Corrosion induced bridge deck delamination is a common problem in reinforced concrete decks. While condition
assessment can be done using a number of traditional and NDE methods, the presented study concentrates on a
complementary use of five NDE techniques: impact echo (IE), ground penetrating radar (GPR), half-cell potential (H-C),
ultrasonic surface waves (USW) and electrical resistivity (ER). Each of the five techniques has its advantages and
limitations. However, each of them can contribute to a more comprehensive assessment of the condition of a deck. For
example, GPR can identify deteriorated bridge deck areas, while IE can accurately detect and characterize delaminations
in the deck. USW, on the other hand, provides information about material degradation through a measurement of
concrete elastic moduli. Finally, H-C will provide information about the likelihood for active corrosion, while ER will
assess potential for corrosive environment. There are also secondary benefits of the use of the five techniques, like e.g.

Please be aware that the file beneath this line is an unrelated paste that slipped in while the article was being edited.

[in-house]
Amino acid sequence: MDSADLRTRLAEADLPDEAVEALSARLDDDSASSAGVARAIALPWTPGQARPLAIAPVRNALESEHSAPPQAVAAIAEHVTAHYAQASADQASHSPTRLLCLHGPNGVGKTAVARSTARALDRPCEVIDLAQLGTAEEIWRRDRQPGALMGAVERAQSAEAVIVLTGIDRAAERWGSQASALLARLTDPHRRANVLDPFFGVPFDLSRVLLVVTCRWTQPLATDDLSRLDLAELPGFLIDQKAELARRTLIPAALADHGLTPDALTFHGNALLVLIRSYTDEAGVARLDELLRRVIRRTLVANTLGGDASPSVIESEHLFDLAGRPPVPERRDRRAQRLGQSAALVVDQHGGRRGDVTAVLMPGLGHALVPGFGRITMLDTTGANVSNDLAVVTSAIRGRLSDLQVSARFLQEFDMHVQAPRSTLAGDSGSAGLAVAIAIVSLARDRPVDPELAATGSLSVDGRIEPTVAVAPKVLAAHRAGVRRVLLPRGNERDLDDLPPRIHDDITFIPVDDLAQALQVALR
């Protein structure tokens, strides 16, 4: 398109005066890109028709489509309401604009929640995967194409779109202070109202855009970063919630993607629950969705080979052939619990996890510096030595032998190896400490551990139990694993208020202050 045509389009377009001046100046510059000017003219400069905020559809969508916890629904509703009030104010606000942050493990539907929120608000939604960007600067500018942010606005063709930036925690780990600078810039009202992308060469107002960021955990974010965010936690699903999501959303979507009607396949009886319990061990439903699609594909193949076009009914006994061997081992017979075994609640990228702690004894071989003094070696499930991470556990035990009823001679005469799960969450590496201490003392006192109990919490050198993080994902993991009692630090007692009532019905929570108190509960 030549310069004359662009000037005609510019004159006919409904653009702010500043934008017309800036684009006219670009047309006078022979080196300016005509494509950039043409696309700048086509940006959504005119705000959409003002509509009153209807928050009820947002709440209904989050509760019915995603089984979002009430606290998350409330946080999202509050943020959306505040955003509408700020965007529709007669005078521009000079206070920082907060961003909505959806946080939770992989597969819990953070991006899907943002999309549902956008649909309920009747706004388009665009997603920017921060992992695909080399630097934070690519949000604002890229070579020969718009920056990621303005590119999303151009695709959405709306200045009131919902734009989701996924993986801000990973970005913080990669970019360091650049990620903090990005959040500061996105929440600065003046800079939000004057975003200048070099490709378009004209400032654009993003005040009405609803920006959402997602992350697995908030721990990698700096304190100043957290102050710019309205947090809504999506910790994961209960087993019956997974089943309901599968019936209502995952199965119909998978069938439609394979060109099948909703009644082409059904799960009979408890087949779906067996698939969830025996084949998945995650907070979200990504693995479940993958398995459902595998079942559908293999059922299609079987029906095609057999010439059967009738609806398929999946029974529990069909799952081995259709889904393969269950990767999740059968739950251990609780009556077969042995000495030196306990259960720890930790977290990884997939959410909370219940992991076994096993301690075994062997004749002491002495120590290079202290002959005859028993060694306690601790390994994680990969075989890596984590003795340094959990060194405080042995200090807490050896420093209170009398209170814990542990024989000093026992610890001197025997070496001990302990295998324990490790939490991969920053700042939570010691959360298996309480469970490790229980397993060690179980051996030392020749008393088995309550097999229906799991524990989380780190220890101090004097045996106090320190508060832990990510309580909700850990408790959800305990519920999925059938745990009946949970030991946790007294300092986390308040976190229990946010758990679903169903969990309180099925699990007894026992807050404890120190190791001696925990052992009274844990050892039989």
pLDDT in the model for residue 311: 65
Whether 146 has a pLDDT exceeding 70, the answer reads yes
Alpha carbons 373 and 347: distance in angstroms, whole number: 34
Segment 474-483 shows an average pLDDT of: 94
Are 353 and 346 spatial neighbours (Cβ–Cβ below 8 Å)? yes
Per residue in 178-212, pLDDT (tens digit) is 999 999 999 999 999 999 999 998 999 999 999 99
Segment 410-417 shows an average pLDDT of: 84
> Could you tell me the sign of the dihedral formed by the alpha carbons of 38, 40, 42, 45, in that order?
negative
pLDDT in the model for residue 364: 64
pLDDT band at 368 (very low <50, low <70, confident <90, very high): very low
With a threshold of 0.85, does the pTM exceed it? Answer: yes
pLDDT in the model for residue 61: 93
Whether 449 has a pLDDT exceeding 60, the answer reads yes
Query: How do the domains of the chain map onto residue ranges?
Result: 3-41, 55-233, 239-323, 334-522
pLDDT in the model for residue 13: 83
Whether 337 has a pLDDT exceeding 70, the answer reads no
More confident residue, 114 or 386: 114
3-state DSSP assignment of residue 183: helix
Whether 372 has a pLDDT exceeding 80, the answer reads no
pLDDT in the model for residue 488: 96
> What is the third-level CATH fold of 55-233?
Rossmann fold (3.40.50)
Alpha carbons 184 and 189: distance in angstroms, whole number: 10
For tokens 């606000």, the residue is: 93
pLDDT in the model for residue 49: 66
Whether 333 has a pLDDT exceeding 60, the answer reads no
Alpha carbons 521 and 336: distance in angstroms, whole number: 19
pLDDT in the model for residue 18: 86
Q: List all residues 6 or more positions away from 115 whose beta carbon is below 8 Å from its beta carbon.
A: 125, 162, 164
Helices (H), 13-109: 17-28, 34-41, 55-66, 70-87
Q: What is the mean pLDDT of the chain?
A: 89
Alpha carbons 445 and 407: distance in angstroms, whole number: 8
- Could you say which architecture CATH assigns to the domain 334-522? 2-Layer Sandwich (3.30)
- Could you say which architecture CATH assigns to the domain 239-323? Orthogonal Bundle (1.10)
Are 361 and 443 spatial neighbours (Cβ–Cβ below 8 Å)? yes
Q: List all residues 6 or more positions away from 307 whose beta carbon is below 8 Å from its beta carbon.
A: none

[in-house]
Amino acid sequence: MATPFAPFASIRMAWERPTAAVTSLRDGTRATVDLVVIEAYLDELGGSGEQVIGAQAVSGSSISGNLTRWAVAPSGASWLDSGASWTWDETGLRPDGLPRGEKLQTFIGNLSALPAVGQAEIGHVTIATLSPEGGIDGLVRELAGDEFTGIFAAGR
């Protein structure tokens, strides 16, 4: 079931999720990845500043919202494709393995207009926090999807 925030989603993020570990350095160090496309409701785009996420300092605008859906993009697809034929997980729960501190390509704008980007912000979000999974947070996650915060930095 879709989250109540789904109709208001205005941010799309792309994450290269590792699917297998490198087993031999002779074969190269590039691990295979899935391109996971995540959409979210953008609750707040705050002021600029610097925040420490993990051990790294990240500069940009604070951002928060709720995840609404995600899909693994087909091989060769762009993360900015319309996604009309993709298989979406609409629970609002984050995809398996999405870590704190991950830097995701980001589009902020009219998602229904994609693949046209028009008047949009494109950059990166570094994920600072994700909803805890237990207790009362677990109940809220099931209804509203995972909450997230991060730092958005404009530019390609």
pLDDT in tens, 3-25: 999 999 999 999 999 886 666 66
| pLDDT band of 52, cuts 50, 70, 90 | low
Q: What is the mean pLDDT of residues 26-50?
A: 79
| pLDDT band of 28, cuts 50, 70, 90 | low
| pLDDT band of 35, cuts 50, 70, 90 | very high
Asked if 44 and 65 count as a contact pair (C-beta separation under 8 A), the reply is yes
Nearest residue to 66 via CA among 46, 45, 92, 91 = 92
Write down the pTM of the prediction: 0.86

mapping of concrete cover from GPR surveys. A brief overview of the techniques and their complementary use illustrated by the results from deck testing on several bridges is presented. The presented surveys were conducted on both decks (typical thickness 7 to 9 inches) and slabs (typical thickness 14-20 inches), some with an additional PC overlay. Results include delamination maps from IE, attenuation maps from GPR, modulus distribution maps from USW, H-C potential maps, and resistivity maps from ER. Some of the results are validated through a series of "ground truth" measurements, like inspection of cores taken from the decks.